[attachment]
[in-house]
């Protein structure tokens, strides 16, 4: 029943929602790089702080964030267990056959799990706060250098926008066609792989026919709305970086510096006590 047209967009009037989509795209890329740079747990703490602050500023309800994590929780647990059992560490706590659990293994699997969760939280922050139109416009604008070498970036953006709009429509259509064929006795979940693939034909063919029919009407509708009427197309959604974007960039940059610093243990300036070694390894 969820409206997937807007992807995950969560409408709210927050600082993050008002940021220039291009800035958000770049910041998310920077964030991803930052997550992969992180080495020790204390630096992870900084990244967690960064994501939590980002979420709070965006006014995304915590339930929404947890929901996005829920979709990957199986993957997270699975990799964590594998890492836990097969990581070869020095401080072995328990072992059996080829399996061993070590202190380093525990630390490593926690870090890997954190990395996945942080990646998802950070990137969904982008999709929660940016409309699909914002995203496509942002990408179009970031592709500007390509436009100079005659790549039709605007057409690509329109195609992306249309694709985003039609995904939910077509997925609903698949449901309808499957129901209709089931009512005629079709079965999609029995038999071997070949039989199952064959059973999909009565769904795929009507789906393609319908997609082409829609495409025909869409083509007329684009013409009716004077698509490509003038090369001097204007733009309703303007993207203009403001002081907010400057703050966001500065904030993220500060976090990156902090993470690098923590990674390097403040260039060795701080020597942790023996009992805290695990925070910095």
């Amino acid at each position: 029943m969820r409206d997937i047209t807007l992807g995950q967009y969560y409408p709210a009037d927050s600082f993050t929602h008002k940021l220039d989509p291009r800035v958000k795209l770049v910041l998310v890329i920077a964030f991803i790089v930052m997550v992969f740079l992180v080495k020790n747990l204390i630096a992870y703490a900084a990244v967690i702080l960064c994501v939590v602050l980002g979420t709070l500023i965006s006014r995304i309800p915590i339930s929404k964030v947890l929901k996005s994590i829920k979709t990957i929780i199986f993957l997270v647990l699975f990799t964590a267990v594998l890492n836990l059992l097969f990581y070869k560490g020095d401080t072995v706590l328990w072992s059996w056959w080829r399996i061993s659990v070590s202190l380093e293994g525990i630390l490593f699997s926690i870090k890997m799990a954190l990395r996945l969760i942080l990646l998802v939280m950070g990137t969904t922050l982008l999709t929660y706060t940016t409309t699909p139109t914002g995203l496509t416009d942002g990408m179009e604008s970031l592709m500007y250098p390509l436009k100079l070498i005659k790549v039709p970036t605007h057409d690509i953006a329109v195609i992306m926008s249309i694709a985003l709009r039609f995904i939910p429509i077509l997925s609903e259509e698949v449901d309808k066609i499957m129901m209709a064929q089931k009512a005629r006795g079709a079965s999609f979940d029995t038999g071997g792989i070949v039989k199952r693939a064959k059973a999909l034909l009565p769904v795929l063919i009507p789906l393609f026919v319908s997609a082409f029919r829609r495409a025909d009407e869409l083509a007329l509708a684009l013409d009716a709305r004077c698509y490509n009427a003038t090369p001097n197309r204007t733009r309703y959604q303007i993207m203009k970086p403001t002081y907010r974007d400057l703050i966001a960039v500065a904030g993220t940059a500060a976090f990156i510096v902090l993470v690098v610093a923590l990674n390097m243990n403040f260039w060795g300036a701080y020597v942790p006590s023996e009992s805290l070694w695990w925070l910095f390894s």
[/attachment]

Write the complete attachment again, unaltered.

[in-house]
């Protein structure tokens, strides 16, 4: 029943929602790089702080964030267990056959799990706060250098926008066609792989026919709305970086510096006590 047209967009009037989509795209890329740079747990703490602050500023309800994590929780647990059992560490706590659990293994699997969760939280922050139109416009604008070498970036953006709009429509259509064929006795979940693939034909063919029919009407509708009427197309959604974007960039940059610093243990300036070694390894 969820409206997937807007992807995950969560409408709210927050600082993050008002940021220039291009800035958000770049910041998310920077964030991803930052997550992969992180080495020790204390630096992870900084990244967690960064994501939590980002979420709070965006006014995304915590339930929404947890929901996005829920979709990957199986993957997270699975990799964590594998890492836990097969990581070869020095401080072995328990072992059996080829399996061993070590202190380093525990630390490593926690870090890997954190990395996945942080990646998802950070990137969904982008999709929660940016409309699909914002995203496509942002990408179009970031592709500007390509436009100079005659790549039709605007057409690509329109195609992306249309694709985003039609995904939910077509997925609903698949449901309808499957129901209709089931009512005629079709079965999609029995038999071997070949039989199952064959059973999909009565769904795929009507789906393609319908997609082409829609495409025909869409083509007329684009013409009716004077698509490509003038090369001097204007733009309703303007993207203009403001002081907010400057703050966001500065904030993220500060976090990156902090993470690098923590990674390097403040260039060795701080020597942790023996009992805290695990925070910095």
């Amino acid at each position: 029943m969820r409206d997937i047209t807007l992807g995950q967009y969560y409408p709210a009037d927050s600082f993050t929602h008002k940021l220039d989509p291009r800035v958000k795209l770049v910041l998310v890329i920077a964030f991803i790089v930052m997550v992969f740079l992180v080495k020790n747990l204390i630096a992870y703490a900084a990244v967690i702080l960064c994501v939590v602050l980002g979420t709070l500023i965006s006014r995304i309800p915590i339930s929404k964030v947890l929901k996005s994590i829920k979709t990957i929780i199986f993957l997270v647990l699975f990799t964590a267990v594998l890492n836990l059992l097969f990581y070869k560490g020095d401080t072995v706590l328990w072992s059996w056959w080829r399996i061993s659990v070590s202190l380093e293994g525990i630390l490593f699997s926690i870090k890997m799990a954190l990395r996945l969760i942080l990646l998802v939280m950070g990137t969904t922050l982008l999709t929660y706060t940016t409309t699909p139109t914002g995203l496509t416009d942002g990408m179009e604008s970031l592709m500007y250098p390509l436009k100079l070498i005659k790549v039709p970036t605007h057409d690509i953006a329109v195609i992306m926008s249309i694709a985003l709009r039609f995904i939910p429509i077509l997925s609903e259509e698949v449901d309808k066609i499957m129901m209709a064929q089931k009512a005629r006795g079709a079965s999609f979940d029995t038999g071997g792989i070949v039989k199952r693939a064959k059973a999909l034909l009565p769904v795929l063919i009507p789906l393609f026919v319908s997609a082409f029919r829609r495409a025909d009407e869409l083509a007329l509708a684009l013409d009716a709305r004077c698509y490509n009427a003038t090369p001097n197309r204007t733009r309703y959604q303007i993207m203009k970086p403001t002081y907010r974007d400057l703050i966001a960039v500065a904030g993220t940059a500060a976090f990156i510096v902090l993470v690098v610093a923590l990674n390097m243990n403040f260039w060795g300036a701080y020597v942790p006590s023996e009992s805290l070694w695990w925070l910095f390894s």